There is a great deal of similarity (or, perhaps more precisely, correspondence) between what the disciples were taught in Matthew 10:1-33 and what they experienced in Acts 1-8.
To Help Get your Bearings, Here is a Quick Summary of Acts 1-8
Acts 1: Jesus teaches the disciples for forty days after the Resurrection and before the Ascension. There are one hundred and twenty believers in Jerusalem following Jesus at this point. They are told to stay in Jerusalem and wait for the Holy Spirit.
Acts 2: At Pentecost (or the celebration of the Feast of Weeks), the church is born as a result of the outpouring of the Holy Spirit. Three thousand people believe and become part of the church.
Acts 3: Peter and John are preaching with sign healing at the temple in Jerusalem.
Acts 4: The number of men in the church is five thousand (presumably up to that many women in addition, as well). Peter and John are confronted by the Jewish council. The council—intimidated by the people—merely tells them not to speak in Jesus’ name. Peter and John plainly state that they will listen to God (not men) and continue to speak in Jesus’ name. Peter and John return to the believers and they all rejoice and pray for boldness to continue to speak in Jesus’ name.
Acts 5: This chapter describes the positive example of Barnabas’ gift, that the church is holding needs and property in common, and the negative example of Ananias and Saphira. The apostles are arrested again. This time, the council—still afraid of the people—is “lenient” with them, having them beaten and freed. The apostles did not cease preaching and teaching.
Acts 6:1-7: A problem arises with the needs of Hellenistic widows and the distribution of food. The office of deacon is established.
Acts 6:8-8:3: Describes the ministry of Stephen (a deacon) as he performs signs and wonders at the Freedmen synagogue, is arrested, gives an evangelistic speech, and is stoned as Saul approves. At this point, the gloves come off, so to speak; the council begins to deal severely with the church. There is great persecution and the church is scattered from Jerusalem to the surrounding areas. The apostles stay in Jerusalem to continue preaching.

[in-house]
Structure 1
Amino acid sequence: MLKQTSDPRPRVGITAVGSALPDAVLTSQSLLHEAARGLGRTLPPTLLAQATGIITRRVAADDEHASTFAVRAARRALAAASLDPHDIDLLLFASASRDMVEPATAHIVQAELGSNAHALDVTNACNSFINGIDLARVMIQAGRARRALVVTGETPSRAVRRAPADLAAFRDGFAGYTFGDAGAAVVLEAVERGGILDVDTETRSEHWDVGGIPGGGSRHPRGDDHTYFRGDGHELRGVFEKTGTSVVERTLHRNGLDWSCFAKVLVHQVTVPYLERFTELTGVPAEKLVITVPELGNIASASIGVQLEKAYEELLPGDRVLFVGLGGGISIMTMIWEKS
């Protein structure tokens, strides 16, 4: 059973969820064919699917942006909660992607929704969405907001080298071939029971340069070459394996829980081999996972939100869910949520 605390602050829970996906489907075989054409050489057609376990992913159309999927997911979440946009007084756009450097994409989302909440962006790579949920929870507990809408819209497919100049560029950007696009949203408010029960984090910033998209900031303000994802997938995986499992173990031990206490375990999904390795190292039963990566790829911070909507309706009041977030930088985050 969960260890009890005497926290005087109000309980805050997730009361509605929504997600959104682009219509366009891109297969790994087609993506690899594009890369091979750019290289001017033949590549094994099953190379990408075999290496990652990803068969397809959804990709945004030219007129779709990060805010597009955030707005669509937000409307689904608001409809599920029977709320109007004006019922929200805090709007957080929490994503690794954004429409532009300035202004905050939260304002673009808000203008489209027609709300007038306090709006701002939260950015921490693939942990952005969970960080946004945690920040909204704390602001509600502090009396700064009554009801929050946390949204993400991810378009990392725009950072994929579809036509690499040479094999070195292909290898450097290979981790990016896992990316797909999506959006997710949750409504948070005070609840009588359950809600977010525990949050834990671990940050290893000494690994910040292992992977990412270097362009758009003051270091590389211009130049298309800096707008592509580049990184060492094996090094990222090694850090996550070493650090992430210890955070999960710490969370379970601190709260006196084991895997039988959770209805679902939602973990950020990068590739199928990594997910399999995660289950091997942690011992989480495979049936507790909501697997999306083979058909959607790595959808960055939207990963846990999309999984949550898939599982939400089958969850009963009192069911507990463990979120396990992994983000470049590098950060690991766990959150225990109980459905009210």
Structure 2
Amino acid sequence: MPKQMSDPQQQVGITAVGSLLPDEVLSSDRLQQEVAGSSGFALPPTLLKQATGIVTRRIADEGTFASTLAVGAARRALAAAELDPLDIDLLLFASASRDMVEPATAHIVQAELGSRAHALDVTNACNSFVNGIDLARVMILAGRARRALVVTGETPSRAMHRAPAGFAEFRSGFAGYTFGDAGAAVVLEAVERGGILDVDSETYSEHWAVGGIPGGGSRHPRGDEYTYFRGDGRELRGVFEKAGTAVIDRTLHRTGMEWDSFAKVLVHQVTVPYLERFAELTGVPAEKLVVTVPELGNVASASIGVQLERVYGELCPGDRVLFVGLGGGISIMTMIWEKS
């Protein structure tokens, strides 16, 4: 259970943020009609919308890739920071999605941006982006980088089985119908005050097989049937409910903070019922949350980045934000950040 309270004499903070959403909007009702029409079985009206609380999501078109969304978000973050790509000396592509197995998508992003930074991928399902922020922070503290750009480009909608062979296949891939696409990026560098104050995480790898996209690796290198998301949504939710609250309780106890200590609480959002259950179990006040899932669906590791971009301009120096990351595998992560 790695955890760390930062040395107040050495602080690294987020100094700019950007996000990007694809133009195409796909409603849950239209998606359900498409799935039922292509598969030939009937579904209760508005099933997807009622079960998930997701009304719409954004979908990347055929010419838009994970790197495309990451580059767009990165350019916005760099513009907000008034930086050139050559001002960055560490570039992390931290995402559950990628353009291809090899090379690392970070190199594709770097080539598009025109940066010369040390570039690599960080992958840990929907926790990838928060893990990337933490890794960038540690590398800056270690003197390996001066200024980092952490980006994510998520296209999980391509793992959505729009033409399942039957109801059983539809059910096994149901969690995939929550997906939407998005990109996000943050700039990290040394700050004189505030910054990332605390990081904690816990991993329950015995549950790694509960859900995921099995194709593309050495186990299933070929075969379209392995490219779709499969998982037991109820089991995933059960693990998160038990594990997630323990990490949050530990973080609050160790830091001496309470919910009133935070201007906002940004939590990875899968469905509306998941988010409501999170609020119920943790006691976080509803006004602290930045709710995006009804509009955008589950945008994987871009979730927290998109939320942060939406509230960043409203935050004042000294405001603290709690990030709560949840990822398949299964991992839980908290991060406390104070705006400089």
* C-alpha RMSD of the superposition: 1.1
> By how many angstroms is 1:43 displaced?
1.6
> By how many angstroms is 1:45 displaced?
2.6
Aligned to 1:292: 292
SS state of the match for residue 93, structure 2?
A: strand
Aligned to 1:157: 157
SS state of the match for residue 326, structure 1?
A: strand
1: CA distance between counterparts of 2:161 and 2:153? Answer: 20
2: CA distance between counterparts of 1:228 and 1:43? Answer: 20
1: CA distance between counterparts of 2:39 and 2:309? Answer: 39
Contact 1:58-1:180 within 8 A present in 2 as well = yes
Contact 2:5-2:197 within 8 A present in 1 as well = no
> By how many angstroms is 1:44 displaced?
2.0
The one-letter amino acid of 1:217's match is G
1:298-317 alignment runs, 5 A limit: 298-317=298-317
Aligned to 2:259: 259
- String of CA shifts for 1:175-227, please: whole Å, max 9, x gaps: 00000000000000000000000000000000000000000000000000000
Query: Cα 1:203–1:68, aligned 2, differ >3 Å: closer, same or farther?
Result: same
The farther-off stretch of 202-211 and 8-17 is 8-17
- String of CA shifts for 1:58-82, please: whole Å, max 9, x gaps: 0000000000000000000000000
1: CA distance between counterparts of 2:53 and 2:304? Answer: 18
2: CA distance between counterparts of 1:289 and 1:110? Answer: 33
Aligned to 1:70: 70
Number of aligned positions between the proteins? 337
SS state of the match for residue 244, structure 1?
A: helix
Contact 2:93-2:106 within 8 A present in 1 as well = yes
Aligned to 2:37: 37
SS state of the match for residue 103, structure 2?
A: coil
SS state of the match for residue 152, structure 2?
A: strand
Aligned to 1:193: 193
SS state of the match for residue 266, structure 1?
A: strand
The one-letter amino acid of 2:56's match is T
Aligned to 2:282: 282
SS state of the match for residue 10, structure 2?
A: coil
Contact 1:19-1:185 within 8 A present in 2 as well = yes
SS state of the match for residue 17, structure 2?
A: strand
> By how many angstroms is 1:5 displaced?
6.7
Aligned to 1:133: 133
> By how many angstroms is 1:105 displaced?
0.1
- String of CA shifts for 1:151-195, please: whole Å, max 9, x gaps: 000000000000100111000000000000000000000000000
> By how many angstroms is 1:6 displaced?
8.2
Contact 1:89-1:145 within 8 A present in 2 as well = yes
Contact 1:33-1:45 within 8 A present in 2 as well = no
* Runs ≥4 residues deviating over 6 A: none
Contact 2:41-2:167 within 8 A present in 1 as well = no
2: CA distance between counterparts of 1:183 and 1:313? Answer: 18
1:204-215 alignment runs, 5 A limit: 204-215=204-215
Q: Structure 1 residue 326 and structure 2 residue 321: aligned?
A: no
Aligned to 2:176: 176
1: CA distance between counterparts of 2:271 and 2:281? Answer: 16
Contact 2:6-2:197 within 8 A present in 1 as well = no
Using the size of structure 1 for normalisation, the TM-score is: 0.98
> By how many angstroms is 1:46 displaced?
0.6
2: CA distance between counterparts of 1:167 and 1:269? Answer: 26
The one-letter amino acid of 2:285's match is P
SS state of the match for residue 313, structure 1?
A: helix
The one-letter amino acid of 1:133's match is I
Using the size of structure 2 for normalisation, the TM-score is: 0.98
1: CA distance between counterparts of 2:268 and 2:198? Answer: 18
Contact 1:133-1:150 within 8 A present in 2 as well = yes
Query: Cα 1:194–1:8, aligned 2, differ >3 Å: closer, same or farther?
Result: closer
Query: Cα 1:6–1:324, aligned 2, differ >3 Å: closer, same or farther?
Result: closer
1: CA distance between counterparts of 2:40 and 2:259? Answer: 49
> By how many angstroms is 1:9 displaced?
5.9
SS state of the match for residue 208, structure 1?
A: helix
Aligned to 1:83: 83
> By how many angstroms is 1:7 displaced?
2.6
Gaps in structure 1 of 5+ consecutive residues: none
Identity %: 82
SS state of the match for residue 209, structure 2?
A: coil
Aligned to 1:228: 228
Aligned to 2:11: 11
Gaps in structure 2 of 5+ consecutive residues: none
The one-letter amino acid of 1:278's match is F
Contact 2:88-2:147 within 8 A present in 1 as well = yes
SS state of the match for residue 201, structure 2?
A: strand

Acts 8:4-40: Another deacon, Philip, speaks in Jesus’ name—he is among those scattered that preach as they go. He has come to a Samaritan town. Signs are performed that draw attention to the message he preaches. The Samaritans in this town believe and are baptized. Philip also shares the gospel by explaining Isaiah 53 to the Ethiopian eunuch in his travels. These are the first instances in Acts where the gospel is being preached and believed outside of Jerusalem.
How is Matthew 10 Similar to the Experience in Acts 1-8?
The Disciples are Commissioned
In Matthew 10, Jesus sends the disciples out to proclaim his message as he gives them authority to do signs and wonders to validate the message. In Acts 1-8, we see the disciples engaged in that exact same activity.
In Matthew 10…
And he called to him his twelve disciples and gave them authority over unclean spirits, to cast them out, and to heal every disease and every affliction…And proclaim as you go, saying, ‘The kingdom of heaven is at hand.’ Heal the sick, raise the dead, cleanse lepers, cast out demons. You received without paying; give without pay. (Matthew 10:1,7-8a, ESV)